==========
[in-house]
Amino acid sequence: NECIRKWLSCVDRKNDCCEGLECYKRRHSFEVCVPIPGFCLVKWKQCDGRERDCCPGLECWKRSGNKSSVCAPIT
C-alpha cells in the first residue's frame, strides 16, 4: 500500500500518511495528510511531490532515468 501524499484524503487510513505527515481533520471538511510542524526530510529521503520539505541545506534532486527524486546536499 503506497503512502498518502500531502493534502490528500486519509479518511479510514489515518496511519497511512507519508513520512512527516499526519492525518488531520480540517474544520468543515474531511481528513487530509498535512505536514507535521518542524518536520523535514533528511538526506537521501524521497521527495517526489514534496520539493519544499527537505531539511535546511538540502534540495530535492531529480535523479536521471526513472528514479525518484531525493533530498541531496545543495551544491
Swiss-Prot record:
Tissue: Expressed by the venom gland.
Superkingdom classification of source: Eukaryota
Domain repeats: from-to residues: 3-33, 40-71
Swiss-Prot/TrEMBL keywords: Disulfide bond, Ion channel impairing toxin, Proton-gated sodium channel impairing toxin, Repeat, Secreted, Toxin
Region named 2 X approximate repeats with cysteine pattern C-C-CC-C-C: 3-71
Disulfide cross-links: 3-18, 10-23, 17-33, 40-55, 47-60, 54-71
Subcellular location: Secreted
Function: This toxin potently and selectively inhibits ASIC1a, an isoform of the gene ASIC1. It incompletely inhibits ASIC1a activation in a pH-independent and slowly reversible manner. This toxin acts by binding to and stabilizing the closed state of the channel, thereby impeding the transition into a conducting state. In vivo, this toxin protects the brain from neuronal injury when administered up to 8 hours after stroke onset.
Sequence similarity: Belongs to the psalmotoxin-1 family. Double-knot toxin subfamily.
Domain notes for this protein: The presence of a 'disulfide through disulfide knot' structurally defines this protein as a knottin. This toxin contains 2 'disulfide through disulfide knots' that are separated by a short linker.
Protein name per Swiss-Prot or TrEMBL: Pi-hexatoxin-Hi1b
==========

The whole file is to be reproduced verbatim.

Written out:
[in-house]
Amino acid sequence: NECIRKWLSCVDRKNDCCEGLECYKRRHSFEVCVPIPGFCLVKWKQCDGRERDCCPGLECWKRSGNKSSVCAPIT
C-alpha cells in the first residue's frame, strides 16, 4: 500500500500518511495528510511531490532515468 501524499484524503487510513505527515481533520471538511510542524526530510529521503520539505541545506534532486527524486546536499 503506497503512502498518502500531502493534502490528500486519509479518511479510514489515518496511519497511512507519508513520512512527516499526519492525518488531520480540517474544520468543515474531511481528513487530509498535512505536514507535521518542524518536520523535514533528511538526506537521501524521497521527495517526489514534496520539493519544499527537505531539511535546511538540502534540495530535492531529480535523479536521471526513472528514479525518484531525493533530498541531496545543495551544491
Swiss-Prot record:
Tissue: Expressed by the venom gland.
Superkingdom classification of source: Eukaryota
Domain repeats: from-to residues: 3-33, 40-71
Swiss-Prot/TrEMBL keywords: Disulfide bond, Ion channel impairing toxin, Proton-gated sodium channel impairing toxin, Repeat, Secreted, Toxin
Region named 2 X approximate repeats with cysteine pattern C-C-CC-C-C: 3-71
Disulfide cross-links: 3-18, 10-23, 17-33, 40-55, 47-60, 54-71
Subcellular location: Secreted
Function: This toxin potently and selectively inhibits ASIC1a, an isoform of the gene ASIC1. It incompletely inhibits ASIC1a activation in a pH-independent and slowly reversible manner. This toxin acts by binding to and stabilizing the closed state of the channel, thereby impeding the transition into a conducting state. In vivo, this toxin protects the brain from neuronal injury when administered up to 8 hours after stroke onset.
Sequence similarity: Belongs to the psalmotoxin-1 family. Double-knot toxin subfamily.
Domain notes for this protein: The presence of a 'disulfide through disulfide knot' structurally defines this protein as a knottin. This toxin contains 2 'disulfide through disulfide knots' that are separated by a short linker.
Protein name per Swiss-Prot or TrEMBL: Pi-hexatoxin-Hi1b